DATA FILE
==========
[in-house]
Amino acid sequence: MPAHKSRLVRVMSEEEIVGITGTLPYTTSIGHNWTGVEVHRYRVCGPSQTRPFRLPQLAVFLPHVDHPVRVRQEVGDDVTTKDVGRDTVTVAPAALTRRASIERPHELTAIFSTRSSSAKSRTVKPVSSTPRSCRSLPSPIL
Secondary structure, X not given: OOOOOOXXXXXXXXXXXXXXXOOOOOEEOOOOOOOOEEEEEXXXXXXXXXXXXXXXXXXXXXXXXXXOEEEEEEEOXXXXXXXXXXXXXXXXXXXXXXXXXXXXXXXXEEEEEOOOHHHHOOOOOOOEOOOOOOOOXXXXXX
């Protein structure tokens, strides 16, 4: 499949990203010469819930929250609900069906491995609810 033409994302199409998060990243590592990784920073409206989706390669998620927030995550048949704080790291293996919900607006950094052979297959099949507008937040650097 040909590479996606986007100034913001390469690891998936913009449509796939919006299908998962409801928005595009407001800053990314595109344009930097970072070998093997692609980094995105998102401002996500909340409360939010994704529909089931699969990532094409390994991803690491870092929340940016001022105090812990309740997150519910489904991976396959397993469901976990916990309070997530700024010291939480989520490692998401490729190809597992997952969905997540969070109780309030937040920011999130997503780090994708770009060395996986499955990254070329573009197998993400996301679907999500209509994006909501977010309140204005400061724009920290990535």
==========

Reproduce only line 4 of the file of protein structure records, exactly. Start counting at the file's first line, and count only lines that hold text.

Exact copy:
């Protein structure tokens, strides 16, 4: 499949990203010469819930929250609900069906491995609810 033409994302199409998060990243590592990784920073409206989706390669998620927030995550048949704080790291293996919900607006950094052979297959099949507008937040650097 040909590479996606986007100034913001390469690891998936913009449509796939919006299908998962409801928005595009407001800053990314595109344009930097970072070998093997692609980094995105998102401002996500909340409360939010994704529909089931699969990532094409390994991803690491870092929340940016001022105090812990309740997150519910489904991976396959397993469901976990916990309070997530700024010291939480989520490692998401490729190809597992997952969905997540969070109780309030937040920011999130997503780090994708770009060395996986499955990254070329573009197998993400996301679907999500209509994006909501977010309140204005400061724009920290990535």